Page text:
Hierarchical ensemble deep learning for data-driven lead time prediction

Aslan, Ayse and Vasantha, Gokula and El-Raoui, Hanane and Quigley, John and Hanson, Jack and Corney, Jonathan and Sherlock, Andrew (2023) Hierarchical ensemble deep learning for data-driven lead time prediction. The International Journal of Advanced Manufacturing Technology, 128 (9-10). pp. 4169-4188. ISSN 1433-3015 (https://doi.org/10.1007/s00170-023-12123-4)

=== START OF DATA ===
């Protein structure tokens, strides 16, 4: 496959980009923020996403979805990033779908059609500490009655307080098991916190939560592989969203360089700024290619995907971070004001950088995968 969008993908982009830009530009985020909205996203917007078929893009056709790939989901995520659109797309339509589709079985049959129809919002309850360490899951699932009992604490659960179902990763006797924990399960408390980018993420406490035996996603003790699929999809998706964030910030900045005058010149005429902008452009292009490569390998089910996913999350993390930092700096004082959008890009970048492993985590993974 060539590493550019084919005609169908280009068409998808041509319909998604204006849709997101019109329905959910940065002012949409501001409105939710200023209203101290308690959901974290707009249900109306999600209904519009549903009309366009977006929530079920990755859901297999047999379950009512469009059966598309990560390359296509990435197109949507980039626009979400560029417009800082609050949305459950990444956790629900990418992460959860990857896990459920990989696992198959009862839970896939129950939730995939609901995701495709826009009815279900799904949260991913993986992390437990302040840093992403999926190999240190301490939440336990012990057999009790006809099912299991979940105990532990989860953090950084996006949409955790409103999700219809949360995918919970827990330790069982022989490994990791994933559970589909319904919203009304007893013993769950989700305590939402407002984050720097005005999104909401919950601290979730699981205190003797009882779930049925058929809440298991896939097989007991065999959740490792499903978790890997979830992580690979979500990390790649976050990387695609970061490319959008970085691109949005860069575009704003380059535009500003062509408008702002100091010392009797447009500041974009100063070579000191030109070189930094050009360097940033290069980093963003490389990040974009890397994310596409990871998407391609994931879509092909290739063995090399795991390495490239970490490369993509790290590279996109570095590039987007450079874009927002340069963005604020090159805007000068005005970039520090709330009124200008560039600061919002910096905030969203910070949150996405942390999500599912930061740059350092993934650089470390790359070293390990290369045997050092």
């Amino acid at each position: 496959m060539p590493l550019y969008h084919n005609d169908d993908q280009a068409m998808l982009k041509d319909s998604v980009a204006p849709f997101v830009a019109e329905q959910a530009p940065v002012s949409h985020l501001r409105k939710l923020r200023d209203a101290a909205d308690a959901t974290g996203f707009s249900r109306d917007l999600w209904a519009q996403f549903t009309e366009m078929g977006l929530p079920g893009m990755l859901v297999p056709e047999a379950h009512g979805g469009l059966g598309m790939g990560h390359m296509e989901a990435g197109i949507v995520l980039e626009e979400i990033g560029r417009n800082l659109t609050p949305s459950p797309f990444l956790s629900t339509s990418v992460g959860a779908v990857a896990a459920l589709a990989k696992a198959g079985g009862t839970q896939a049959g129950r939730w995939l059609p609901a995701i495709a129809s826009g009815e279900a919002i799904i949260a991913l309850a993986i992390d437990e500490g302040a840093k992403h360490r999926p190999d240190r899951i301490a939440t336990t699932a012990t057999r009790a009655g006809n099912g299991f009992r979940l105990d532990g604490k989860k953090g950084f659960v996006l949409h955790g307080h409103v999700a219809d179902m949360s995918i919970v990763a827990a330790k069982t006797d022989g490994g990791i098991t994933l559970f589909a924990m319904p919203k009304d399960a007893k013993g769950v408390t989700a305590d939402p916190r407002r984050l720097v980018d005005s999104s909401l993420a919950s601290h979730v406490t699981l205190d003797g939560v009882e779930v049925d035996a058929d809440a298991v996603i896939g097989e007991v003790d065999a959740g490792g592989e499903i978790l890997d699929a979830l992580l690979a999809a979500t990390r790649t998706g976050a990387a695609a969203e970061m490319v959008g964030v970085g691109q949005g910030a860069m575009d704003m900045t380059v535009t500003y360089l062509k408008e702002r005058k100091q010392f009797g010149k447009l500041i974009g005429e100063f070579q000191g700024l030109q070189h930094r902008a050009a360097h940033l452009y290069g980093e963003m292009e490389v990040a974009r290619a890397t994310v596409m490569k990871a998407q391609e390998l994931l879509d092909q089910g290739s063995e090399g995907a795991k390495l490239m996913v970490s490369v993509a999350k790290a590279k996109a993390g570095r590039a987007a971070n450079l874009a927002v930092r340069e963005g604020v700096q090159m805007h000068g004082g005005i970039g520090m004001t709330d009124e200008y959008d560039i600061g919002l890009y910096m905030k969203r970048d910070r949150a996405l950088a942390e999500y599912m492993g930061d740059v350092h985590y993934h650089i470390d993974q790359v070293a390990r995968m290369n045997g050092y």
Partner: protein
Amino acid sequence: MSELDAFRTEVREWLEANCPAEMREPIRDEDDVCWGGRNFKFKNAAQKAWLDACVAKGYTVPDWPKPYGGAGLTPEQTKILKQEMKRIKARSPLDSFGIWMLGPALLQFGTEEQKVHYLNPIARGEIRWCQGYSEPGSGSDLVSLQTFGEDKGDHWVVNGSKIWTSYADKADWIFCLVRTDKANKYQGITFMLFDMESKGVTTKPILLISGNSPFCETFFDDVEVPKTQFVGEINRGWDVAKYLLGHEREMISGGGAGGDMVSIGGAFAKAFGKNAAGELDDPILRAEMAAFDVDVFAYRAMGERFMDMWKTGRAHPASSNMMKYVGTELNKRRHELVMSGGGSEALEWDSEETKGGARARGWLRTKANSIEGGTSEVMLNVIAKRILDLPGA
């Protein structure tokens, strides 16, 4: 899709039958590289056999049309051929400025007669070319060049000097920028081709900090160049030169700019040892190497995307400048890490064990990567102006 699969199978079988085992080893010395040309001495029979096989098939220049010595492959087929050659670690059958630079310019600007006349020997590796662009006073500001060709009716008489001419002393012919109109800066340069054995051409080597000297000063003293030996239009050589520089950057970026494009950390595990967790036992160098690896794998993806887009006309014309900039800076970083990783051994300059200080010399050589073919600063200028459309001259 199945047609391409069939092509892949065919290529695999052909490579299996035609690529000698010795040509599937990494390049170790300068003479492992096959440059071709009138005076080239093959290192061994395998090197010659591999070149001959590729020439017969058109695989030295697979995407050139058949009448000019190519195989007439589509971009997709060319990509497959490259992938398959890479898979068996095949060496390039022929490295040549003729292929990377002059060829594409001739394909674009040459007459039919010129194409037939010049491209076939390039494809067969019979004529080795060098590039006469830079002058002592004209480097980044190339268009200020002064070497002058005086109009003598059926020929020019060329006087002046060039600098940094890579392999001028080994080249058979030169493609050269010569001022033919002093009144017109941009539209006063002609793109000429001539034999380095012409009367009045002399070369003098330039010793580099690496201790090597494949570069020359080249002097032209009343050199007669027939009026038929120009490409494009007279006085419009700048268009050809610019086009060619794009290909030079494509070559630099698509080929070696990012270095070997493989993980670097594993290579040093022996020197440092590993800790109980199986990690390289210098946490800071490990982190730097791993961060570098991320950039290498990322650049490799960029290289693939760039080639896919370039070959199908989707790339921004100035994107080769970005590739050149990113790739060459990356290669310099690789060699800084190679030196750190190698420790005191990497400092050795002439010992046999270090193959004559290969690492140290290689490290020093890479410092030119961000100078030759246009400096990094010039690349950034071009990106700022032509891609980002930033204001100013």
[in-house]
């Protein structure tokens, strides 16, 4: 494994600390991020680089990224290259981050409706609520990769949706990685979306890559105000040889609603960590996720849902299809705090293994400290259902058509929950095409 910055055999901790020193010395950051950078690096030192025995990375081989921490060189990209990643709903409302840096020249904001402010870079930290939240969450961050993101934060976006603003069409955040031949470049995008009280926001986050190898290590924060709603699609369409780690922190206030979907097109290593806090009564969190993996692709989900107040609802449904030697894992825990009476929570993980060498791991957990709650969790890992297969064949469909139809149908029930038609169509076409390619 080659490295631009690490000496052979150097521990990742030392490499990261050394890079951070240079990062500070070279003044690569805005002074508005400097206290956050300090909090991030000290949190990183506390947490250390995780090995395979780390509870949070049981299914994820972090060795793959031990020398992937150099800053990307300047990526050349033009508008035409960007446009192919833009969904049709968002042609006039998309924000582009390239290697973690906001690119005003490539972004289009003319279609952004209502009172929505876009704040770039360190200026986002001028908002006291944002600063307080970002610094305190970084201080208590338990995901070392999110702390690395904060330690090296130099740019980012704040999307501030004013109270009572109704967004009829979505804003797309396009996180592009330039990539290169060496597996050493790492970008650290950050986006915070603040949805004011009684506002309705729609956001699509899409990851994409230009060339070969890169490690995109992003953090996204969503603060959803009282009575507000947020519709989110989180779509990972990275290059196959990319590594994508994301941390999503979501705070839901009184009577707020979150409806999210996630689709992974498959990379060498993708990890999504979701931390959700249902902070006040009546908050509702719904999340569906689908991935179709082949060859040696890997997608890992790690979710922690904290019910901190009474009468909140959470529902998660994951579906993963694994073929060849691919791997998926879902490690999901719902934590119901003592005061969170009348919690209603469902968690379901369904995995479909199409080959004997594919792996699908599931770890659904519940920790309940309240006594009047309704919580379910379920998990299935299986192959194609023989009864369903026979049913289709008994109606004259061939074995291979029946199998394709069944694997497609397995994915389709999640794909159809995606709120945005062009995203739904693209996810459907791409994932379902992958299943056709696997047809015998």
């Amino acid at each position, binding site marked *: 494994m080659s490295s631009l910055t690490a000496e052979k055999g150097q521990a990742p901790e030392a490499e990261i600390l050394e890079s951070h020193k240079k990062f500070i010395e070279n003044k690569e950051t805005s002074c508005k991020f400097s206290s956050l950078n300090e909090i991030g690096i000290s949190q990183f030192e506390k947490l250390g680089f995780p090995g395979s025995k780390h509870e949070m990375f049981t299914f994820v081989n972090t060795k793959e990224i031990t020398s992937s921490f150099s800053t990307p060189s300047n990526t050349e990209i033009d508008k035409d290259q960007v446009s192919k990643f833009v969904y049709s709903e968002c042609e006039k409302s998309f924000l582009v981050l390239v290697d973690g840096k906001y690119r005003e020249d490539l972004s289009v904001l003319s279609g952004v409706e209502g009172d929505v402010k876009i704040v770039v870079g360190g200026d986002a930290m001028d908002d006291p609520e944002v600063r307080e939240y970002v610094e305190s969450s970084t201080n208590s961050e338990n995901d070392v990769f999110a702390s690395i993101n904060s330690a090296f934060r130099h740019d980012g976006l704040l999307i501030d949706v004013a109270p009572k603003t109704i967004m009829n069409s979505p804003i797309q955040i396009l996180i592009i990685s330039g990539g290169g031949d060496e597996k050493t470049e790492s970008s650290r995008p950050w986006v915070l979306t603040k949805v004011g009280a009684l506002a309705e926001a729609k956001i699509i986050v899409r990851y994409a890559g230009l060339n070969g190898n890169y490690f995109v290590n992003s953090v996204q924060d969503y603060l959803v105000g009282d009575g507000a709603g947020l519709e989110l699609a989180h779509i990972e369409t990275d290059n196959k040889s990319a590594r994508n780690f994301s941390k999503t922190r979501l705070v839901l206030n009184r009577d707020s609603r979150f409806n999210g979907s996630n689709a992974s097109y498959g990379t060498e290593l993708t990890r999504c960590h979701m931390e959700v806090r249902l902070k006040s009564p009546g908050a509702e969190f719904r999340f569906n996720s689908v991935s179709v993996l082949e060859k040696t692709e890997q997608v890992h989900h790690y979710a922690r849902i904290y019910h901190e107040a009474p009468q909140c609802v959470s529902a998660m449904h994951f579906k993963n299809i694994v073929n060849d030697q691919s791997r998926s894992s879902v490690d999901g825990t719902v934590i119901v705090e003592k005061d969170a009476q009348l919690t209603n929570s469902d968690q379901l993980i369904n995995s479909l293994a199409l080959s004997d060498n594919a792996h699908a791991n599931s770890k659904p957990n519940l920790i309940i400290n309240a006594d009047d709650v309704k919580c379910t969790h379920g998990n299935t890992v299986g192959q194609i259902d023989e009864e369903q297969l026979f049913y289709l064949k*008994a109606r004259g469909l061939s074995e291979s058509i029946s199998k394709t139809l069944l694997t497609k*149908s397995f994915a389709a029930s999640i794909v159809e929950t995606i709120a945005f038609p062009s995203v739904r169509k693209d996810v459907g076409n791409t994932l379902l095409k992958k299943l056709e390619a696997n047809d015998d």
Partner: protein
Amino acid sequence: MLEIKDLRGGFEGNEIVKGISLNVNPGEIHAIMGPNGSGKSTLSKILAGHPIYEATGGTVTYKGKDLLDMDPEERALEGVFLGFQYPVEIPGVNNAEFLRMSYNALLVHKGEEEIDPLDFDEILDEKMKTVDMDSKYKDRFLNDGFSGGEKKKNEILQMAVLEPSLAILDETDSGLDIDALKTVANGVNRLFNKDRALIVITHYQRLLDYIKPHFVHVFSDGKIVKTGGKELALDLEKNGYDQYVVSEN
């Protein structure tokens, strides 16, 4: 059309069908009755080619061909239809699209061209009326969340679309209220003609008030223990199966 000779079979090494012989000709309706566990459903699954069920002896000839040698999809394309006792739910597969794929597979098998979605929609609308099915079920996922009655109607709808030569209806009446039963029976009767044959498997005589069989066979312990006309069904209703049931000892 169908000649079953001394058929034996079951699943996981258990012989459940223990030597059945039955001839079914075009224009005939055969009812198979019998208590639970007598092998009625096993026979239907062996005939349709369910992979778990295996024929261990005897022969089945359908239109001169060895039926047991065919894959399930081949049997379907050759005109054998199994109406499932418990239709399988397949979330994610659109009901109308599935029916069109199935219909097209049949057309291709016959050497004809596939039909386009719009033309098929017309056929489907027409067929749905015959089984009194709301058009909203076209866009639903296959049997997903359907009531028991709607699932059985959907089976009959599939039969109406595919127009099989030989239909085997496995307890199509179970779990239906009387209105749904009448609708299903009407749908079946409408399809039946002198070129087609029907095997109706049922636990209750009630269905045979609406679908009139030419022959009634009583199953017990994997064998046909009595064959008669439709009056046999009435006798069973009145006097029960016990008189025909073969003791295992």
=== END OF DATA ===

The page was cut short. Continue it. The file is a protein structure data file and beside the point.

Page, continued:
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This paper focuses on data-driven prediction of lead times for product orders based on the real-time production state captured at the arrival instants of orders in make-to-order production environments. In particular, we consider a sophisticated manufacturing system where a large number of measurements about the production state are available (e.g. sensor data). In response to this complex prediction challenge, we present a novel ensemble hierarchical deep learning algorithm comprised of three deep neural networks. One of these networks acts as a generalist, while the other two function as specialists for different products. Hierarchical ensemble methods have previously been successfully utilised in addressing various multi-class classification problems. In this paper, we extend this approach to encompass the regression task of lead time prediction. We demonstrate the suitability of our algorithm in two separate case studies. The first case study uses one of the largest manufacturing datasets available, the Bosch production line dataset. The second case study uses synthetic datasets generated from a reliability-based model of a multi-product, make-to-order production system, inspired by the Bosch production line. In both case studies, we demonstrate that our algorithm provides high-accuracy predictions and significantly outperforms selected benchmarks including the single deep neural network. Moreover, we find that prediction accuracy is significantly higher in the synthetic dataset, which suggests that there is complexity (i.e. subtle interactions) in industrial manufacturing processes that are not easily reproduced in artificial models.